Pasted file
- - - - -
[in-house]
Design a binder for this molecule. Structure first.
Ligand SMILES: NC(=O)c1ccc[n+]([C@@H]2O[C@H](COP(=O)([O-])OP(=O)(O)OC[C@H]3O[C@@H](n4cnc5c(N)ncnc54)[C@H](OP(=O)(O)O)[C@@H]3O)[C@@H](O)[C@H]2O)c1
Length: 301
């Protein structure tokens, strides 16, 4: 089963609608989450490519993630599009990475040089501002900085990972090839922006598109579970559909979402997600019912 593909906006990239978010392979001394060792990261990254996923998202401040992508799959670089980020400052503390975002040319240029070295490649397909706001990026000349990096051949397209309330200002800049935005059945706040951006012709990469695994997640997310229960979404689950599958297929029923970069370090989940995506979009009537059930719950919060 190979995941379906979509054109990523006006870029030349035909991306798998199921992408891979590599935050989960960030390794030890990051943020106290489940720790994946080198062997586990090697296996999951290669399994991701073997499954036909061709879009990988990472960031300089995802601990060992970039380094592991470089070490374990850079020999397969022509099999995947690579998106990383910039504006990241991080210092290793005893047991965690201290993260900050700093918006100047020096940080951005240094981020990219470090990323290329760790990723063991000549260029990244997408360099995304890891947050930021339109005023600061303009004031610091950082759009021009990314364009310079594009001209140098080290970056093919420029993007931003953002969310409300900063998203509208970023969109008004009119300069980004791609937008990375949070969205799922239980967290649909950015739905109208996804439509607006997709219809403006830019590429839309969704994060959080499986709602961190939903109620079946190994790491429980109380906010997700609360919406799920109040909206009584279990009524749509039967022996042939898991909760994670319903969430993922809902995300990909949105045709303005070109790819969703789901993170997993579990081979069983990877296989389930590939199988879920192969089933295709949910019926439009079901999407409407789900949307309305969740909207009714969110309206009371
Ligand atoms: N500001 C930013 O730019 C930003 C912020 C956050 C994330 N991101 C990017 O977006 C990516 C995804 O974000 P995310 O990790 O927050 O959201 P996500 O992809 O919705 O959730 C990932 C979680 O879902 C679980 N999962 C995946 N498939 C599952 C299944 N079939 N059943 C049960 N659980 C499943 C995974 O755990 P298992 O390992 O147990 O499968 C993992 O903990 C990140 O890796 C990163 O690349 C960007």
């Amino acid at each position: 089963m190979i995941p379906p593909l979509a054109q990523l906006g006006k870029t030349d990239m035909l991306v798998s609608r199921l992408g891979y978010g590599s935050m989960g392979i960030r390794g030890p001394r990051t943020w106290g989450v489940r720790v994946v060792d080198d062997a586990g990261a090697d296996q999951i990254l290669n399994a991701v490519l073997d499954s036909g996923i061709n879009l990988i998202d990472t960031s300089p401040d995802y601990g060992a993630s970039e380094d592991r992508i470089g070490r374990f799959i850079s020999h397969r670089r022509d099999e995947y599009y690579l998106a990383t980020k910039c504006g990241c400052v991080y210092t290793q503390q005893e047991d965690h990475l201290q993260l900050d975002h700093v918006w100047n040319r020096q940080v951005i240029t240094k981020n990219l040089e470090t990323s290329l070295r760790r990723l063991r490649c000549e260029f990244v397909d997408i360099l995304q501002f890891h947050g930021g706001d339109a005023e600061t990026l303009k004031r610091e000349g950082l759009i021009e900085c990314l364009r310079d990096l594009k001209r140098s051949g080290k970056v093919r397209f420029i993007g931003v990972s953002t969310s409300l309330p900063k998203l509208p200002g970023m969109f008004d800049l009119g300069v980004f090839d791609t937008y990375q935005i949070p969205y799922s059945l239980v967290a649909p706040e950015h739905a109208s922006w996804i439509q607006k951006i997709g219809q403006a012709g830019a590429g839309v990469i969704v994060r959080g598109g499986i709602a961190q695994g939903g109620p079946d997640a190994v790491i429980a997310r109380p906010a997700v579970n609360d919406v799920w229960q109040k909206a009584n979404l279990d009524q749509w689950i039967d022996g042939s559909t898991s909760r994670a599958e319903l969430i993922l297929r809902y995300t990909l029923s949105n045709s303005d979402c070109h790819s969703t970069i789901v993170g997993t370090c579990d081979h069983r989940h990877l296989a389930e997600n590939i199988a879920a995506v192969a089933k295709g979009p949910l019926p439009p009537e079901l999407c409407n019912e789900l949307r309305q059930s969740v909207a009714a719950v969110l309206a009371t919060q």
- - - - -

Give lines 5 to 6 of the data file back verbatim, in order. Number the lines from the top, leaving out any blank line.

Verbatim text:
């Protein structure tokens, strides 16, 4: 089963609608989450490519993630599009990475040089501002900085990972090839922006598109579970559909979402997600019912 593909906006990239978010392979001394060792990261990254996923998202401040992508799959670089980020400052503390975002040319240029070295490649397909706001990026000349990096051949397209309330200002800049935005059945706040951006012709990469695994997640997310229960979404689950599958297929029923970069370090989940995506979009009537059930719950919060 190979995941379906979509054109990523006006870029030349035909991306798998199921992408891979590599935050989960960030390794030890990051943020106290489940720790994946080198062997586990090697296996999951290669399994991701073997499954036909061709879009990988990472960031300089995802601990060992970039380094592991470089070490374990850079020999397969022509099999995947690579998106990383910039504006990241991080210092290793005893047991965690201290993260900050700093918006100047020096940080951005240094981020990219470090990323290329760790990723063991000549260029990244997408360099995304890891947050930021339109005023600061303009004031610091950082759009021009990314364009310079594009001209140098080290970056093919420029993007931003953002969310409300900063998203509208970023969109008004009119300069980004791609937008990375949070969205799922239980967290649909950015739905109208996804439509607006997709219809403006830019590429839309969704994060959080499986709602961190939903109620079946190994790491429980109380906010997700609360919406799920109040909206009584279990009524749509039967022996042939898991909760994670319903969430993922809902995300990909949105045709303005070109790819969703789901993170997993579990081979069983990877296989389930590939199988879920192969089933295709949910019926439009079901999407409407789900949307309305969740909207009714969110309206009371
Ligand atoms: N500001 C930013 O730019 C930003 C912020 C956050 C994330 N991101 C990017 O977006 C990516 C995804 O974000 P995310 O990790 O927050 O959201 P996500 O992809 O919705 O959730 C990932 C979680 O879902 C679980 N999962 C995946 N498939 C599952 C299944 N079939 N059943 C049960 N659980 C499943 C995974 O755990 P298992 O390992 O147990 O499968 C993992 O903990 C990140 O890796 C990163 O690349 C960007």